Mom started her mornings by praying and reading the Bible. She still does so to this day, her 71st year.

As a teacher, there are days when I feel there is nothing left to give. But I’m reminded that this often happens when I’ve failed to receive… to receive the grace and love so freely offered by my Lord Jesus.

A loving teacher knows who to rely on.

Thank you, Mommy, for leading us to the source of your superpowers.

You are the best Mom in the world.

Mom and Me

How to be a loving teacher

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Head onto Doodle Bugs Teaching for other teachers’ Friday stories.

Questions and comments

  1. Reply

    Number 2 is so important.. I’m still working on when to step in and when not to. What a great post!

    • Reply

      Thanks very much, Caitlin! It’s hard, isn’t it? We have to weigh the gravity of the issues presented, investigate the layers of the problem and sometimes listen to opposing versions. Would love to hear more about how you’re travelling with this in the future. :)

    • Jill
    • June 11, 2016
    Reply

    Thank you for sharing your wonderful story! The only way I get through crazy days is to pray!

  2. Reply

    What a beautifully written post. :)

  3. Reply

    I really love reading your posts. I think #3 and #4 are very important to keep in mind. I always try to explain my actions to my students in a way they will understand, and I am a firm believer that if you are doing something wrong, you should be told…it helps one grow as a person!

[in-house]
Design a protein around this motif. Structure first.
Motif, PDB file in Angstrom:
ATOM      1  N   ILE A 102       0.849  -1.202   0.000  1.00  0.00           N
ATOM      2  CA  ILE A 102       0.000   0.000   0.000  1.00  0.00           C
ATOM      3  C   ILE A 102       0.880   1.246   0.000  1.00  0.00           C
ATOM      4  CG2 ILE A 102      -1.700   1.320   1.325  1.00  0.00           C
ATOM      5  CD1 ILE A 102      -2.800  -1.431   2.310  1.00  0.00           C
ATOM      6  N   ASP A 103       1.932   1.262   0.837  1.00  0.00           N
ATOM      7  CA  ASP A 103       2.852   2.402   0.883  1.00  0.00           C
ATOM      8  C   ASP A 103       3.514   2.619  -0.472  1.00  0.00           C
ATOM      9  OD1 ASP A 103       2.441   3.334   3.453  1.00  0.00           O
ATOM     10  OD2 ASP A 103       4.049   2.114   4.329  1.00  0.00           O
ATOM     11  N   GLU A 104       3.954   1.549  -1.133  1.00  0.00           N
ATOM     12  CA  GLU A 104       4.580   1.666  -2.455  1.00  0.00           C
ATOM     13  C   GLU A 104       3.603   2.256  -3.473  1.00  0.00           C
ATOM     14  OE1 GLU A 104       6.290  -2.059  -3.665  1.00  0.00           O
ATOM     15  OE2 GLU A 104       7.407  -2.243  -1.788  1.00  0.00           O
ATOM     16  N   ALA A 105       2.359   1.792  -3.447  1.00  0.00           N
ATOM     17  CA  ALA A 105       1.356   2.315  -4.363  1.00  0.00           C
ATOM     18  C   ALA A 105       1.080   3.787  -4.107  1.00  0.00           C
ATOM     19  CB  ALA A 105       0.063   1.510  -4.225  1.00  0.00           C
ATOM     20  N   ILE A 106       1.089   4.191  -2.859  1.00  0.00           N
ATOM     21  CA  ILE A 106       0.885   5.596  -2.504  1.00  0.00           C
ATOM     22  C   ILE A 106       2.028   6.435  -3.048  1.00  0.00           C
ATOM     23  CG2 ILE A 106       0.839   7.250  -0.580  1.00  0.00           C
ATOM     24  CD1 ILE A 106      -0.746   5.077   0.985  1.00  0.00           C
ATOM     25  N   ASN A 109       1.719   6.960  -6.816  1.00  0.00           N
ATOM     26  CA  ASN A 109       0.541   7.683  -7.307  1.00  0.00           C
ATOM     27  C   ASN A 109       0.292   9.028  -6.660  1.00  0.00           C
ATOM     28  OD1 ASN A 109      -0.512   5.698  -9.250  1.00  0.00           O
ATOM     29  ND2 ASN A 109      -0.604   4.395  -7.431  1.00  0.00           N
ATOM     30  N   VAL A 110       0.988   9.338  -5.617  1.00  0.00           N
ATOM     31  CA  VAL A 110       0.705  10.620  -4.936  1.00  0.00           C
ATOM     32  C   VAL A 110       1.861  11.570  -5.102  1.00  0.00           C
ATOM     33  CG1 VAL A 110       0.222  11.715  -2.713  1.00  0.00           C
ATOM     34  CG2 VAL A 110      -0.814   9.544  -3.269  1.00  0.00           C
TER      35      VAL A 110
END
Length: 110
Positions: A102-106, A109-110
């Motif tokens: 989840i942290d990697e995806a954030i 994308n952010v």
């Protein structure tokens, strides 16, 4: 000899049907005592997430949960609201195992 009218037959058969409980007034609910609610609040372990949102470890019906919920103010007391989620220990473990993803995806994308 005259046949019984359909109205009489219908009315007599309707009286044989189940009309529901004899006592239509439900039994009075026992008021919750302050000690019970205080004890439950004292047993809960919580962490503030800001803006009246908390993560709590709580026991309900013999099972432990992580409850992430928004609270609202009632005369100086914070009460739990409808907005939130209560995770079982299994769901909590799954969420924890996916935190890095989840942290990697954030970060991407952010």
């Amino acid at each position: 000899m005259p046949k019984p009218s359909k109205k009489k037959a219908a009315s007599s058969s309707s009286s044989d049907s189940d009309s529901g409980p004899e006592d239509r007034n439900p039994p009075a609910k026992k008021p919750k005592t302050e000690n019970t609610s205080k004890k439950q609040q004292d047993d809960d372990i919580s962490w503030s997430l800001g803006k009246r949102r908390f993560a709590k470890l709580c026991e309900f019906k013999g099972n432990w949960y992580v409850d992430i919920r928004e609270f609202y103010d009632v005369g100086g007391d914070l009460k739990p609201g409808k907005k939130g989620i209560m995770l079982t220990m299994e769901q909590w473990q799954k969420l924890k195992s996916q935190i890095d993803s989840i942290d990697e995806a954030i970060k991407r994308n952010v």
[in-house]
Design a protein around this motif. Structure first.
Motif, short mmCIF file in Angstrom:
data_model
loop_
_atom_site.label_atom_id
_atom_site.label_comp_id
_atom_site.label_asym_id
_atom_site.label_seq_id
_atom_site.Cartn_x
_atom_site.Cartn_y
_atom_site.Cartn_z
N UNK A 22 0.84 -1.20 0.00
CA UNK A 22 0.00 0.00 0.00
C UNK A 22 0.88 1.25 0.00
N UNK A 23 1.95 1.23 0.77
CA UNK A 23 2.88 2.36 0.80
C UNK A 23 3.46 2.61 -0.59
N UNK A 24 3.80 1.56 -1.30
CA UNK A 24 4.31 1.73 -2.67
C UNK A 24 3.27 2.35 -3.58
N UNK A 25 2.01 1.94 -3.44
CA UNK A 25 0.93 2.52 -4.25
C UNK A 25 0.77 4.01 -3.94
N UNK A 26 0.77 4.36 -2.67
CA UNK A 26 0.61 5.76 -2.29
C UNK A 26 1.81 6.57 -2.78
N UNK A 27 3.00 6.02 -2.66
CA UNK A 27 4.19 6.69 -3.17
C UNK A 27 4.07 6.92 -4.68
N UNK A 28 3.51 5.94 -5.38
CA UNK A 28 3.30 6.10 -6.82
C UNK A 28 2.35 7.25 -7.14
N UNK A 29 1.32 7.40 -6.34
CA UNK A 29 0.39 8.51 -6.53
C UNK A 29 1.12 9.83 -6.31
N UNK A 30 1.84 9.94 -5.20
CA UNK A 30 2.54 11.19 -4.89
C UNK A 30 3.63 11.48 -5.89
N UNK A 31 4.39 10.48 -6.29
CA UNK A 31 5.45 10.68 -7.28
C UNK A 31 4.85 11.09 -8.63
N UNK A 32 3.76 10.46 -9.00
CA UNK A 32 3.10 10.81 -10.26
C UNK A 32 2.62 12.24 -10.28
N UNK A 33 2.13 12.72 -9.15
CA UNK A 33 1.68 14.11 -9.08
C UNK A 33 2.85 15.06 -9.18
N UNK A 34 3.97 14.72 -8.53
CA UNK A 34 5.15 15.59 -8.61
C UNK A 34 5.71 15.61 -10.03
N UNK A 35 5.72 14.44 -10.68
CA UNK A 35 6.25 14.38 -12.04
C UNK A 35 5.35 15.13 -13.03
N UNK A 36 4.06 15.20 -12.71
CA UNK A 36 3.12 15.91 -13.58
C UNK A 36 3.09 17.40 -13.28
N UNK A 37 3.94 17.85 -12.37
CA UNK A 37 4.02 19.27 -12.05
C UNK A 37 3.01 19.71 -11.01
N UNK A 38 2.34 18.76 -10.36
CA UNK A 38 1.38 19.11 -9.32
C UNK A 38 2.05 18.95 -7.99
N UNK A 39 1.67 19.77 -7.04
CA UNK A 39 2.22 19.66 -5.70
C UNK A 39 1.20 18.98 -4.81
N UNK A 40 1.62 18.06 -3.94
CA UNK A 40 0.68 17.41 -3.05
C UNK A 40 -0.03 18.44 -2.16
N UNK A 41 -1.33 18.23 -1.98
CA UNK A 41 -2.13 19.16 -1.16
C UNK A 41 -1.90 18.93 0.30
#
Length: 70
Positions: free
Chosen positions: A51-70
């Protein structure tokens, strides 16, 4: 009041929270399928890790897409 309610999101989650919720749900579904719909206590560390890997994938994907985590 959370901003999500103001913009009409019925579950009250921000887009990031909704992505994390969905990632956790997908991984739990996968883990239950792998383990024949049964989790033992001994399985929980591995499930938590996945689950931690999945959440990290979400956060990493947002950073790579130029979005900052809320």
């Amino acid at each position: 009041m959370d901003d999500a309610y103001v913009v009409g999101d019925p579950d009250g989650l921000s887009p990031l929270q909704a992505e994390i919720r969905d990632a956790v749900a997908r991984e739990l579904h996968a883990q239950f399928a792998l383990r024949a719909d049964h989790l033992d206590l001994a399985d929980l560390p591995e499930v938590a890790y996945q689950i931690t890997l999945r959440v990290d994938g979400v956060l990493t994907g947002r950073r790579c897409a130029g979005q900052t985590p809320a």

• Reply

      Your words are much appreciated, Marianna! Yep – tough love is good for growing up ☺️

    • menchierojas
    • May 8, 2016
    Reply

    Thanks Rachel, youngest child of mine, for the kind words, for some glimpse of the past which I try to reminisce and remember with gladness of heart. I will never be the perfect mother any child dream of, tried I may, what with all the flaws ingrained in my well being. It is only by God’s grace that I was able to do what ought to be done as a wife, mother, grandmother and friend. I thank God for your Dad and for you all, my family. To God be the glory!

Rachel Herweynen

Teacher & Traveller

Alive because of Jesus - a teacher, traveller and wife of a photographer. I write to learn, to help and to be thankful.